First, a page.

Music Cataloging at Yale Music cataloging resources

Basic glossary of musical forms

These definitions are taken in part from the glossary of the The Classical Music Navigator by Charles H. Smith


air/ayre: (1) an English song or melody from the 16th to the 19th century; (2) a 16th-century solo song with lute accompanied.

aleatory music: music in which chance or indeterminacy are compositional elements.

anthem: a choral setting (often with solo voice parts and organ accompaniment) of an English language religious or moral text, usually for performance during Protestant services.

antiphon: a liturgical chant sung as the response to the verses of a psalm.

arabesque: a short piece of music featuring various melodic, contrapuntal, or harmonic decorations.

bagatelle: a short, light instrumental piece of music of no specified form, usually for piano.

ballade: (1) a 14th-15th-century French song form which set poetry to music; (2) an instrumental (usually piano) piece with dramatic narrative qualities.

barcarolle: song or instrumental piece in a swaying 6/8 time (i.e., suggesting the lilting motion of a Venetian gondola).

berceuse: a soft instrumental piece or lullaby, usually in a moderate 6/8 tempo; a lullaby.

canon: a contrapuntal form in two or more (voice or instrumental) parts in which the melody is introduced by one part and then repeated by the next before each previous part has finished (i.e., such that overlapping of parts occurs).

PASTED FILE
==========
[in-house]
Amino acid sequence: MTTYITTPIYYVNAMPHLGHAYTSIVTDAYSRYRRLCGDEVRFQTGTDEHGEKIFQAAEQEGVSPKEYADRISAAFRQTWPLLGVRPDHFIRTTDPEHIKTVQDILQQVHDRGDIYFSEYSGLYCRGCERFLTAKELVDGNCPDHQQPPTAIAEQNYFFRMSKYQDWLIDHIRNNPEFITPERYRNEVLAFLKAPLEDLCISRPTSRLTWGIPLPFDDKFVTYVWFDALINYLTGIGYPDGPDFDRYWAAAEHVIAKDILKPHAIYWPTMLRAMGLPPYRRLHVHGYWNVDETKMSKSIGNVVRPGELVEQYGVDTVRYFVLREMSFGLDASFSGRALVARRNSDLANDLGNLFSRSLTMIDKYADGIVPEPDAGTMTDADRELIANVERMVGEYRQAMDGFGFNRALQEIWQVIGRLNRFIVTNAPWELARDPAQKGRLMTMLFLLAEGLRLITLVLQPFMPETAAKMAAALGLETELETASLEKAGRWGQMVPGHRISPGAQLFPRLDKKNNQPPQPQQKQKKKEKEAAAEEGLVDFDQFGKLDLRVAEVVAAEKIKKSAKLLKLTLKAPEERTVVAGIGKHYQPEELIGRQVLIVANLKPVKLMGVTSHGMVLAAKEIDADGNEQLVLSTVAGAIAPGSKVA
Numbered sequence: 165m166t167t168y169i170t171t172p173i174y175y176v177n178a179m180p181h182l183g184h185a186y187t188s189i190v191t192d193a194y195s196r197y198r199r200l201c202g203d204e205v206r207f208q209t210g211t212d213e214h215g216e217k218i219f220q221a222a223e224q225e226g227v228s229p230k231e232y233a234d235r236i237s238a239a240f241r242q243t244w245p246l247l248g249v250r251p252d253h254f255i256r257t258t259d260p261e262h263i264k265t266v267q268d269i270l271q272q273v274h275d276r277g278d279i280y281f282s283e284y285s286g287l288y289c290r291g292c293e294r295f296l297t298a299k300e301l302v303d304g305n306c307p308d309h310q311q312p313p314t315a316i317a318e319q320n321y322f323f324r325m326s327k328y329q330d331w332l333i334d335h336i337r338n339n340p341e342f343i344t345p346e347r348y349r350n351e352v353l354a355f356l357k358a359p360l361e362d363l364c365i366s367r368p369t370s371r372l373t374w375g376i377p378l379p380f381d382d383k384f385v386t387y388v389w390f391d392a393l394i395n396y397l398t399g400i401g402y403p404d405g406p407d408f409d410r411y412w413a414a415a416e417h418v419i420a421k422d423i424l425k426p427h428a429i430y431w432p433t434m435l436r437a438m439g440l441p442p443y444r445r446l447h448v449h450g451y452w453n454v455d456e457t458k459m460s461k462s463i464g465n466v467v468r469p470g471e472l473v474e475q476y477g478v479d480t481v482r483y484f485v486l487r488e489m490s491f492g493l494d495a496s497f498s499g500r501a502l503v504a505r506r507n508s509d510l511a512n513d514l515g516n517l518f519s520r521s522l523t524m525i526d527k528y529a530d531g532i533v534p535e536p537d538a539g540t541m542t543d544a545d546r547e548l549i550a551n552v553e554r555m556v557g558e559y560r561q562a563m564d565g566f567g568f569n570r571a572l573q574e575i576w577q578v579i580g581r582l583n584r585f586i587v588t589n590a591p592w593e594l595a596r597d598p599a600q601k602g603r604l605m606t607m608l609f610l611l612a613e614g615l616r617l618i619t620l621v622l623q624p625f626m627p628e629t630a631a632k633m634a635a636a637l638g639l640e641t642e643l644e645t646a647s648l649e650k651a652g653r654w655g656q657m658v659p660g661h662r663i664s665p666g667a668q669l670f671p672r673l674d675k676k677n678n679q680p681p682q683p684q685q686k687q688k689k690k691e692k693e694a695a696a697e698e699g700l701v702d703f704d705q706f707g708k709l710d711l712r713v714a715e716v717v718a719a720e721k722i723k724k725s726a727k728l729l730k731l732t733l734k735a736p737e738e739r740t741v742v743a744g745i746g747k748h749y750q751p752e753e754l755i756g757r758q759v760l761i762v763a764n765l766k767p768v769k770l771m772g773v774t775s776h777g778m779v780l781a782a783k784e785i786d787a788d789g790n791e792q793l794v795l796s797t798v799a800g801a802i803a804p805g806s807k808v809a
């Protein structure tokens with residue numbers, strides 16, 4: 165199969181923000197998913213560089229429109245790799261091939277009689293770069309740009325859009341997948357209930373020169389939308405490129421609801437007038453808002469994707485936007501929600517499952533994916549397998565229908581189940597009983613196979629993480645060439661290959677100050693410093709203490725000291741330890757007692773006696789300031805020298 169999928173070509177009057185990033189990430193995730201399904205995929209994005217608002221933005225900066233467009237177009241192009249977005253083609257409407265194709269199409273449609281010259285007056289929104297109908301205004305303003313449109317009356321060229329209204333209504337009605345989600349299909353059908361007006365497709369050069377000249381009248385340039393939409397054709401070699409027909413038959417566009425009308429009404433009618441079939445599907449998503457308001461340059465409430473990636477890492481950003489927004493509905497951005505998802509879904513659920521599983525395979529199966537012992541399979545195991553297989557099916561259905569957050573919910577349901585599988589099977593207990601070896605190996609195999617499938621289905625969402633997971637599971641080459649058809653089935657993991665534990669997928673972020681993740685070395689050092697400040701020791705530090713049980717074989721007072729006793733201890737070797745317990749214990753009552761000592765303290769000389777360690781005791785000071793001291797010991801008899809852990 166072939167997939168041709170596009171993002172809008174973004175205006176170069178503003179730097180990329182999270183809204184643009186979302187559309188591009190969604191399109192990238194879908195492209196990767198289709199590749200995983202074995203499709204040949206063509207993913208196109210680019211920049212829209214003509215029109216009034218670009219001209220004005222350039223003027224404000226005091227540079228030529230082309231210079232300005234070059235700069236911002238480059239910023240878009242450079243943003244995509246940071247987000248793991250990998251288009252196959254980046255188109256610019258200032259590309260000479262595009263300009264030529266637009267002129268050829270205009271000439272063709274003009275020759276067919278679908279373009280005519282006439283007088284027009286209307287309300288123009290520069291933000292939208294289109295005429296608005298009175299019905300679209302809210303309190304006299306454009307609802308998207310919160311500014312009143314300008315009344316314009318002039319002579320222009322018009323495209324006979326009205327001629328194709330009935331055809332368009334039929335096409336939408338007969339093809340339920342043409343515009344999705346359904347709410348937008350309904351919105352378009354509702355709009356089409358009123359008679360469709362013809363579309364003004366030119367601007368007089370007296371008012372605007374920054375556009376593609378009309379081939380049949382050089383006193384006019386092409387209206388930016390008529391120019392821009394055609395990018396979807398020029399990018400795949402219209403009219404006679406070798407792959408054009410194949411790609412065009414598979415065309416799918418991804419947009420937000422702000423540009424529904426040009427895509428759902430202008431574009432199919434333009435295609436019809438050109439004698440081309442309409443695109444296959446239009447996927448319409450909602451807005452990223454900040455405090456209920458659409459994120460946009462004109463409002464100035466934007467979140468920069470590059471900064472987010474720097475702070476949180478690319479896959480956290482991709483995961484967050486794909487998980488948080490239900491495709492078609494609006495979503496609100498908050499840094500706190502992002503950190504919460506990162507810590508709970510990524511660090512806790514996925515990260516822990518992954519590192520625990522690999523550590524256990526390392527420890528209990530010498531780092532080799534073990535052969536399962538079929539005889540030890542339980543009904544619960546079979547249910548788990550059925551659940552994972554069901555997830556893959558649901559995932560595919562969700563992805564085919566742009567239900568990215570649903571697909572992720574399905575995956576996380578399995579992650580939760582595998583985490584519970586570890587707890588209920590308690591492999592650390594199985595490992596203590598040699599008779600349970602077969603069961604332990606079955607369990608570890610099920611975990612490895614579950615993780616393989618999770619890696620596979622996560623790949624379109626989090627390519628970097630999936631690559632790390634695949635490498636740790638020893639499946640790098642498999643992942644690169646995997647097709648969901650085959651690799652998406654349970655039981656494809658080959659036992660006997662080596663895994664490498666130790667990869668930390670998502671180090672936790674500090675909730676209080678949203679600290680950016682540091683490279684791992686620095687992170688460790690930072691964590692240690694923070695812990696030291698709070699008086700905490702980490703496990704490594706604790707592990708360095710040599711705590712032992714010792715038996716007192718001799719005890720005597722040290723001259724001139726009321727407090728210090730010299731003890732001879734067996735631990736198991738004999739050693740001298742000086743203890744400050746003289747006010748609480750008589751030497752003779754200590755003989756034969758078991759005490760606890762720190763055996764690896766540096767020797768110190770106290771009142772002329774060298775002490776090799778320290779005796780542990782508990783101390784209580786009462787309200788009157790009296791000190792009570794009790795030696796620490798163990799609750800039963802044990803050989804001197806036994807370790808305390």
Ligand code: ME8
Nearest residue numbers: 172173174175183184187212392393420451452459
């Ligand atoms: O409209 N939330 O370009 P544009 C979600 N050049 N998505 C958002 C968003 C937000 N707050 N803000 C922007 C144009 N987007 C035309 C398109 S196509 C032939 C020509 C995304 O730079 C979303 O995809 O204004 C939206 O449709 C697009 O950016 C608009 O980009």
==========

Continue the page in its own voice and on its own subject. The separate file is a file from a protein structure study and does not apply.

cantata: term applied to a 17th-18th- century multi-movement non-theatrical and non-liturgical vocal genre; subsequently used to describe large-scale vocal works in the same spirit, generally for soloists, chorus and orchestra; may also be for solo voice and accompaniment.

canzona: (1) 16th-17th-century instrumental genre in the manner of a French polyphonic chanson, characterized by the juxtaposition of short contrasting sections; (2) term applied to any of several types of secular vocal music.

caprice/capriccio: term describing a variety of short composition types characterized by lightness, fancy, or improvisational manner.

carol: since the 19th century, generally a song that is in four-part harmony, simple form, and having to do with the Virgin Mary or Christmas.

chaconne: a slow, stately instrumental work in duple meter employing variations.

chanson: French for song; in particular, a style of 14th- to 16th-century French song for voice or voices, often with instrumental accompaniment.

chant/plainchant: monophonic music used in Christian liturgical services sung in unison and in a free rhythm.